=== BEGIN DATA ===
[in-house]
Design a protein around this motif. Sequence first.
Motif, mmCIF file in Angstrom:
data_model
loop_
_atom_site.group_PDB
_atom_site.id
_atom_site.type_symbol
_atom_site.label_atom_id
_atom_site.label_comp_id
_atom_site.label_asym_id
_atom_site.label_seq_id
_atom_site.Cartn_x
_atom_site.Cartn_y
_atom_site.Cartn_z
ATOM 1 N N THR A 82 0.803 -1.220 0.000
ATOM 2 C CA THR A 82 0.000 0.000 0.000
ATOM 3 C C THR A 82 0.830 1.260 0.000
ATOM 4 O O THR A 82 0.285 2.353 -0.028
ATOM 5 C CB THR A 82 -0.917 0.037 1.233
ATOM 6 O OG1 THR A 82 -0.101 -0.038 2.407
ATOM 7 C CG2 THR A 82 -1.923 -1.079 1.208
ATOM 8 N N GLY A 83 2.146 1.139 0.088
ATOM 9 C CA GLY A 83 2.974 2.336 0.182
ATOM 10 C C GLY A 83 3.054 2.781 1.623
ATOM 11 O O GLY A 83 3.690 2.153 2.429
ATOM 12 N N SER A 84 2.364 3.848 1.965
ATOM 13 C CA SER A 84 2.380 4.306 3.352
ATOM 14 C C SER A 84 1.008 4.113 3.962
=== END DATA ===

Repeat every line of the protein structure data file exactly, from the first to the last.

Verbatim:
[in-house]
Design a protein around this motif. Sequence first.
Motif, mmCIF file in Angstrom:
data_model
loop_
_atom_site.group_PDB
_atom_site.id
_atom_site.type_symbol
_atom_site.label_atom_id
_atom_site.label_comp_id
_atom_site.label_asym_id
_atom_site.label_seq_id
_atom_site.Cartn_x
_atom_site.Cartn_y
_atom_site.Cartn_z
ATOM 1 N N THR A 82 0.803 -1.220 0.000
ATOM 2 C CA THR A 82 0.000 0.000 0.000
ATOM 3 C C THR A 82 0.830 1.260 0.000
ATOM 4 O O THR A 82 0.285 2.353 -0.028
ATOM 5 C CB THR A 82 -0.917 0.037 1.233
ATOM 6 O OG1 THR A 82 -0.101 -0.038 2.407
ATOM 7 C CG2 THR A 82 -1.923 -1.079 1.208
ATOM 8 N N GLY A 83 2.146 1.139 0.088
ATOM 9 C CA GLY A 83 2.974 2.336 0.182
ATOM 10 C C GLY A 83 3.054 2.781 1.623
ATOM 11 O O GLY A 83 3.690 2.153 2.429
ATOM 12 N N SER A 84 2.364 3.848 1.965
ATOM 13 C CA SER A 84 2.380 4.306 3.352
ATOM 14 C C SER A 84 1.008 4.113 3.962